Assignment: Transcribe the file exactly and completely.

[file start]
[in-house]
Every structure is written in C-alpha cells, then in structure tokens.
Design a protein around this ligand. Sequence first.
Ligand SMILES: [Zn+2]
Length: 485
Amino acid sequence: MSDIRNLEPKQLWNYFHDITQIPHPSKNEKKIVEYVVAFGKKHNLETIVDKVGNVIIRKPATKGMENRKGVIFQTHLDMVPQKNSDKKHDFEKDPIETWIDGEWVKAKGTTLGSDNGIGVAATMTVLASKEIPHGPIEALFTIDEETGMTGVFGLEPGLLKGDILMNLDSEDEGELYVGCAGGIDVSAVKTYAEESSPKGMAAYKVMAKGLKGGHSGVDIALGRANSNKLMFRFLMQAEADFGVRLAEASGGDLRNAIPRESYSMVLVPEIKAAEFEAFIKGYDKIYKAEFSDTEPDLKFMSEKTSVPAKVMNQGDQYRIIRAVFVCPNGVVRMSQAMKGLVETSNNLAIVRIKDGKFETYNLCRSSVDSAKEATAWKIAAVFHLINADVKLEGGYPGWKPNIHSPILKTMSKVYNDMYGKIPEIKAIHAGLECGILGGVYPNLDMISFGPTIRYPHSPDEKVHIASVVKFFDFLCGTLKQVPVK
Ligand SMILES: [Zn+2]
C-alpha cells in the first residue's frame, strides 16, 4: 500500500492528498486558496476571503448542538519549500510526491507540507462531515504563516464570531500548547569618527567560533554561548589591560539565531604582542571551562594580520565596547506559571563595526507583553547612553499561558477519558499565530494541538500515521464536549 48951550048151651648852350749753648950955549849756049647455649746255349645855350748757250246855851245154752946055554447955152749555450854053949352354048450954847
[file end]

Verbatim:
[in-house]
Every structure is written in C-alpha cells, then in structure tokens.
Design a protein around this ligand. Sequence first.
Ligand SMILES: [Zn+2]
Length: 485
Amino acid sequence: MSDIRNLEPKQLWNYFHDITQIPHPSKNEKKIVEYVVAFGKKHNLETIVDKVGNVIIRKPATKGMENRKGVIFQTHLDMVPQKNSDKKHDFEKDPIETWIDGEWVKAKGTTLGSDNGIGVAATMTVLASKEIPHGPIEALFTIDEETGMTGVFGLEPGLLKGDILMNLDSEDEGELYVGCAGGIDVSAVKTYAEESSPKGMAAYKVMAKGLKGGHSGVDIALGRANSNKLMFRFLMQAEADFGVRLAEASGGDLRNAIPRESYSMVLVPEIKAAEFEAFIKGYDKIYKAEFSDTEPDLKFMSEKTSVPAKVMNQGDQYRIIRAVFVCPNGVVRMSQAMKGLVETSNNLAIVRIKDGKFETYNLCRSSVDSAKEATAWKIAAVFHLINADVKLEGGYPGWKPNIHSPILKTMSKVYNDMYGKIPEIKAIHAGLECGILGGVYPNLDMISFGPTIRYPHSPDEKVHIASVVKFFDFLCGTLKQVPVK
Ligand SMILES: [Zn+2]
C-alpha cells in the first residue's frame, strides 16, 4: 500500500492528498486558496476571503448542538519549500510526491507540507462531515504563516464570531500548547569618527567560533554561548589591560539565531604582542571551562594580520565596547506559571563595526507583553547612553499561558477519558499565530494541538500515521464536549 48951550048151651648852350749753648950955549849756049647455649746255349645855350748757250246855851245154752946055554447955152749555450854053949352354048450954847